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U.S. Dollar’s Roller-Coaster Ride to Continue With U.S. Mid-Term Elections

James Hyerczyk
On Thursday, the dollar retreated against the majors especially the British Pound, which posted its biggest one-day gain in nine months on reports that London is close to sealing a financial services deal with Brussels. Additionally, the Bank of England kept interest rates on hold on Thursday but kept its options open and hinted at slightly faster rate increases if Brexit goes smoothly.

The U.S. Dollar rose to a 16-month high against a basket of currencies as concerns about global growth saturated the markets. World stocks sold off early in the week, beset by worries over corporate earnings and geopolitical uncertainty, spiking the U.S. Dollar Index sharply higher.

The greenback was also supported by expectations of additional rate hikes by the U.S. Federal Reserve in December and perhaps as many as three times in 2019.

The dollar was boosted mid-week as solid private sector jobs data supported the view that the U.S. economy is in strong shape and as concerns about Italy’s budget negotiations continued to weigh on the Euro.

Then the bottom fell out of the market. On Thursday, the dollar retreated against the majors especially the British Pound, which posted its biggest one-day gain in nine months on reports that London is close to sealing a financial services deal with Brussels. Additionally, the Bank of England kept interest rates on hold on Thursday but kept its options open and hinted at slightly faster rate increases if Brexit goes smoothly.

The dollar was hit even harder late Thursday/early Friday on the hopes that China would ramp up fiscal stimulus. The lifting of long U.S. Dollar hedges also contributed to the weakness. Investors sold dollar positions bought as a safe-haven asset after global equity markets soared following a tweet from President Trump that said he had a “very good” talk with Chinese President Xi Jinping on trade and North Korea and that the two planned to meet at the upcoming G-20 summit.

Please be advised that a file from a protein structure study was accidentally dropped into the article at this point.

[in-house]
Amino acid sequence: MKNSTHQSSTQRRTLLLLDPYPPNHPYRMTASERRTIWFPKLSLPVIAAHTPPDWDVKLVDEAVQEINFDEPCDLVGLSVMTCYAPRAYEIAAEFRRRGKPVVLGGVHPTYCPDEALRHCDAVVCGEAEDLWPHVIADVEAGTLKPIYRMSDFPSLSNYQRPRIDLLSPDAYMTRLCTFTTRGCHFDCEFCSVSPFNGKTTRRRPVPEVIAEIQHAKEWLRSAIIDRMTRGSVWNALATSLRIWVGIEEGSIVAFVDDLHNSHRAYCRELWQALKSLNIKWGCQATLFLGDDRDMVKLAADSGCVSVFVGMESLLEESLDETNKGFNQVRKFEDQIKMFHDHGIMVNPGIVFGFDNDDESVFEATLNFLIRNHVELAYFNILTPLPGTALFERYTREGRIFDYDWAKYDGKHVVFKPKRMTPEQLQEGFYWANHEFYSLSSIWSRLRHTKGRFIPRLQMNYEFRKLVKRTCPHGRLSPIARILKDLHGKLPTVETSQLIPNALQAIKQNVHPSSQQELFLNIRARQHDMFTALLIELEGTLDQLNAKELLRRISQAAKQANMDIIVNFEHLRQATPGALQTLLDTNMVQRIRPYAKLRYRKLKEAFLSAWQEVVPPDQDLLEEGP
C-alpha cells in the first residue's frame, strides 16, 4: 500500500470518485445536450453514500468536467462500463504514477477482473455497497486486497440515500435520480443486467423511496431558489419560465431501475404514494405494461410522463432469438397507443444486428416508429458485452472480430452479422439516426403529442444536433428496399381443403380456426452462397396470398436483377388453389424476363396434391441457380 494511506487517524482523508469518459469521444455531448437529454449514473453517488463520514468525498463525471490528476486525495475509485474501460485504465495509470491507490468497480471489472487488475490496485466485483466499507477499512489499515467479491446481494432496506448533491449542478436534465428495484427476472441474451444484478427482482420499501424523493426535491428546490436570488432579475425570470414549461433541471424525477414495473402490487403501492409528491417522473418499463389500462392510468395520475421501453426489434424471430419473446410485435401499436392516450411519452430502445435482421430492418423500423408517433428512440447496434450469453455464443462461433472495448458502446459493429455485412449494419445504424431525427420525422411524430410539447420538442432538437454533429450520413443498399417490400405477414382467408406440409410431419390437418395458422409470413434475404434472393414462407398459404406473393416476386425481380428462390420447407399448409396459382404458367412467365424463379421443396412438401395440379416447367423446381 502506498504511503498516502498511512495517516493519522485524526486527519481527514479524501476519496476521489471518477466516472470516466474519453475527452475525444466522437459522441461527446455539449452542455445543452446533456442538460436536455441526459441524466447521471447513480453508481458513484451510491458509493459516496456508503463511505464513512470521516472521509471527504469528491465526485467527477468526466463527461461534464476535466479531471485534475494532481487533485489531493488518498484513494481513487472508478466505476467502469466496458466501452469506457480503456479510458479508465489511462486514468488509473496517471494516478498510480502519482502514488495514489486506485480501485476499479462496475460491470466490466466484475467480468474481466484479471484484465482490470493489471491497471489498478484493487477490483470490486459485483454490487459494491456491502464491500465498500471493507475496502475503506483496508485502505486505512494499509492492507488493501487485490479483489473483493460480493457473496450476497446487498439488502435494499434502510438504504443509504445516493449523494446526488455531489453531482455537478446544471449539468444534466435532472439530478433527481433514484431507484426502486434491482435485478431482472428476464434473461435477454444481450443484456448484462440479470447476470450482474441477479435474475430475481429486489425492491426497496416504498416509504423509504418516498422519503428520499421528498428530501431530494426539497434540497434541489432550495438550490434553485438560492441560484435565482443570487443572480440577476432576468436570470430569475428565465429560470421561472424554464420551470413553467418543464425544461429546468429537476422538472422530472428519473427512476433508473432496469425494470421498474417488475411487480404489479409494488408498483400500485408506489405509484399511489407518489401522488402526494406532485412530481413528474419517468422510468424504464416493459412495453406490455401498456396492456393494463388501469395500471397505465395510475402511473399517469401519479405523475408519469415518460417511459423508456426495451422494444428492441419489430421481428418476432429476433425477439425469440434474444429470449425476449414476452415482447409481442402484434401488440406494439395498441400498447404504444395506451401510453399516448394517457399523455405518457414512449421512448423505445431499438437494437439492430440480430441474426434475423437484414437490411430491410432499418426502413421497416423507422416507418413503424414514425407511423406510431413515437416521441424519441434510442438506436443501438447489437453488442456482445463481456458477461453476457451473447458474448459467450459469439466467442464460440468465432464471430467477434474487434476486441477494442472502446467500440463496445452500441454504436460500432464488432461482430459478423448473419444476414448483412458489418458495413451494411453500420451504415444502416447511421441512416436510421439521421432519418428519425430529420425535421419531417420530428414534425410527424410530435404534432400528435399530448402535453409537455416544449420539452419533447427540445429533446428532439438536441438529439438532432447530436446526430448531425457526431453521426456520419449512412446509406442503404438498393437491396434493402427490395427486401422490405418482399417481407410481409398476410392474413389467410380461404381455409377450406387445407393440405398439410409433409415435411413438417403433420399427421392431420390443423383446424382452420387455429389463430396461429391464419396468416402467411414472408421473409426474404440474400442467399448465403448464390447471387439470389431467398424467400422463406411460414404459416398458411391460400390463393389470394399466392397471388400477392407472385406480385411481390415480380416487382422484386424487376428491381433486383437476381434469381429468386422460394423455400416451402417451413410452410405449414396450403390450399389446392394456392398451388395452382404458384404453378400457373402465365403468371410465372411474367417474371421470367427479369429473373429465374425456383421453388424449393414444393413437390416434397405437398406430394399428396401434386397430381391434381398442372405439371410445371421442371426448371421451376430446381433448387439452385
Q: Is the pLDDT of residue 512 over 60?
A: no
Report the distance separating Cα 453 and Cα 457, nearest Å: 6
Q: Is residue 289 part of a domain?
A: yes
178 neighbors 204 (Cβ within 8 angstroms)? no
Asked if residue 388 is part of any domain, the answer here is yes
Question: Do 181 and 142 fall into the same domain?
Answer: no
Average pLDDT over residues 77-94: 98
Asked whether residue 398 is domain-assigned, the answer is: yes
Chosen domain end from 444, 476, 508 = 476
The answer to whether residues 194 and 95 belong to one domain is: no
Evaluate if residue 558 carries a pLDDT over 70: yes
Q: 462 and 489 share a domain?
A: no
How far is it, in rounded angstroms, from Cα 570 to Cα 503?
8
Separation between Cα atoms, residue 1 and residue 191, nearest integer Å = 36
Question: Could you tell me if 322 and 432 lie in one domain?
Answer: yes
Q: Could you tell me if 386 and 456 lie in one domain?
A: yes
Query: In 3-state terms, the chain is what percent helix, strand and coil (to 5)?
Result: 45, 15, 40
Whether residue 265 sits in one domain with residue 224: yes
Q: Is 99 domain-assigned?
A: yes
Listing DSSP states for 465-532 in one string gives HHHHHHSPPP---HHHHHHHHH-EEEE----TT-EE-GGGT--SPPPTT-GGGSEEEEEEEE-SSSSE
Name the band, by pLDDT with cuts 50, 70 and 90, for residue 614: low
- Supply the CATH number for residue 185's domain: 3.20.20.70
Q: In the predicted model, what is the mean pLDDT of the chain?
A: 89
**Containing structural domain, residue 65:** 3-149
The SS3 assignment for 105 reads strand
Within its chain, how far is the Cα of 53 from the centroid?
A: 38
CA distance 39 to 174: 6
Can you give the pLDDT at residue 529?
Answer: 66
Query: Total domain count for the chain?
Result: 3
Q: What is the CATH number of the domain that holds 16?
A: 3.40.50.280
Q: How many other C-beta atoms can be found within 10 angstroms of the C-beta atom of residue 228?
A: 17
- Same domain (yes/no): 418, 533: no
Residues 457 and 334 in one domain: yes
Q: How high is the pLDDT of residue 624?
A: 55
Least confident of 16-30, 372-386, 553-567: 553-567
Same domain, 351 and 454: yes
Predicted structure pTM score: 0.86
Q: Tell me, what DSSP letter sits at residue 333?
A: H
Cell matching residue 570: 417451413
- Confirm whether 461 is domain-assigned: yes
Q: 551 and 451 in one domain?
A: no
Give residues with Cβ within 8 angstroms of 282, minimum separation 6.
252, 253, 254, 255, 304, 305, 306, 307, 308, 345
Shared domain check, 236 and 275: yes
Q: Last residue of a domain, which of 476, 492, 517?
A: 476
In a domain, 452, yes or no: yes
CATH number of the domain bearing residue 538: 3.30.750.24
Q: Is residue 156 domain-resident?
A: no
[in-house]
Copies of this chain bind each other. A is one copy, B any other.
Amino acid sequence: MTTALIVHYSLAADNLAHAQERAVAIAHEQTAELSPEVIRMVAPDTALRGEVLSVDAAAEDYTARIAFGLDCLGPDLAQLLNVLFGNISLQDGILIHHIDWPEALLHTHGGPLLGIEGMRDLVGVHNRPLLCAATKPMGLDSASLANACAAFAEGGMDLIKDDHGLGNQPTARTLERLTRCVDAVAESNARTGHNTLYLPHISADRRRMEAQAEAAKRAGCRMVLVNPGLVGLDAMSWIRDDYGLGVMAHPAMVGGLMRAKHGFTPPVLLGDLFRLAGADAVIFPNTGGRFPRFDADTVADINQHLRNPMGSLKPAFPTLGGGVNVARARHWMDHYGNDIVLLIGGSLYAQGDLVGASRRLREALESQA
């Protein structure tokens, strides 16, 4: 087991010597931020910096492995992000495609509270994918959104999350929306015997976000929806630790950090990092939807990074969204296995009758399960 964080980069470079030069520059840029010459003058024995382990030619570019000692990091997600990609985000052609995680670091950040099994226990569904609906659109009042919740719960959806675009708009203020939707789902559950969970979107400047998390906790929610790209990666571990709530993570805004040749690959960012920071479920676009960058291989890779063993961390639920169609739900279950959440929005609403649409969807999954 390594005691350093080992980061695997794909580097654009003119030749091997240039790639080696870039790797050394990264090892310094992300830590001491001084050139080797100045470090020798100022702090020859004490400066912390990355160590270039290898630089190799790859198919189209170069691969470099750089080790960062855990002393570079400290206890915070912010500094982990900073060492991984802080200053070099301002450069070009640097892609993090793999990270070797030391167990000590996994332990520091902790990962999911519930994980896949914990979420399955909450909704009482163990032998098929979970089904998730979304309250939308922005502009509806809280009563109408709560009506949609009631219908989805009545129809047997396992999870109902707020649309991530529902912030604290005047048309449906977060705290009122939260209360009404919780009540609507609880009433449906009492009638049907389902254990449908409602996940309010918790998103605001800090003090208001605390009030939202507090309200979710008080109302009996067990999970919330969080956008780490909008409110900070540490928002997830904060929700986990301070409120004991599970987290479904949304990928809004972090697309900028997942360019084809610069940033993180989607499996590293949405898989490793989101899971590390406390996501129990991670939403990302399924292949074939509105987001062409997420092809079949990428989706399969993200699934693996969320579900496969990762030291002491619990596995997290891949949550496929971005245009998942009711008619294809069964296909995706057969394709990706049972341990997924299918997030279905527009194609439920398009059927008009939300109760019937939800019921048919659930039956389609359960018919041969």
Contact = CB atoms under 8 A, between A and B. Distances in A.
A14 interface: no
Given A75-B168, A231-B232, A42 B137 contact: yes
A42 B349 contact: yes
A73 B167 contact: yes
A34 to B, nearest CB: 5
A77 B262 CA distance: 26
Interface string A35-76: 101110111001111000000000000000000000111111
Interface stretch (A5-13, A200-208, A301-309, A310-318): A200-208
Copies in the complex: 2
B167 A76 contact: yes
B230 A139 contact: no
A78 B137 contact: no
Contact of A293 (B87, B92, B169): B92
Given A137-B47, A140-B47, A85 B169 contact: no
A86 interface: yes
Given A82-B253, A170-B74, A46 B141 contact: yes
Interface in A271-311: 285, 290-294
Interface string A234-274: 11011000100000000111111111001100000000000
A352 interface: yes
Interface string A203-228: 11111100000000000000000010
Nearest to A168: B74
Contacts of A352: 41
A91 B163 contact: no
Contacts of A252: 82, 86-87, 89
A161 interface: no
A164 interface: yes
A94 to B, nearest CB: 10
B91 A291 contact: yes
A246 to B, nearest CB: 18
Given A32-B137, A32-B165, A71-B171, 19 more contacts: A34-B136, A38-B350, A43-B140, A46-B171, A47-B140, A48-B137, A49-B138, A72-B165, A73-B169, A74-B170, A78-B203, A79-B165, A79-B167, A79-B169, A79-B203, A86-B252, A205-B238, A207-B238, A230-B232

The greenback was pressured further on Friday after a Bloomberg report said Trump was seeking a trade agreement with Chinese President Xi Jinping. It was further supported by upbeat U.S. jobs data. U.S. jobs growth rebounded sharply in October and wages recorded their largest annual gain in 9-1/2 years, which should keep the Fed on track for additional rate hikes.

Safe-haven buyers returned late Friday, allowing the U.S. Dollar index to recapture some of its late-in-the-week losses after a senior Trump administration official dismissed the report of a possible trade deal with China as untrue, CNBC reported.

The roller-coaster ride last week, ended with the U.S. Dollar posting a gain against a basket of major currencies. The heightened volatility is likely to linger early next week with the U.S. mid-term elections on Tuesday, November 6.

For the week, the December U.S. Dollar Index settled at 96.343, up 0.215 or +0.22%.

This article was originally posted on FX Empire

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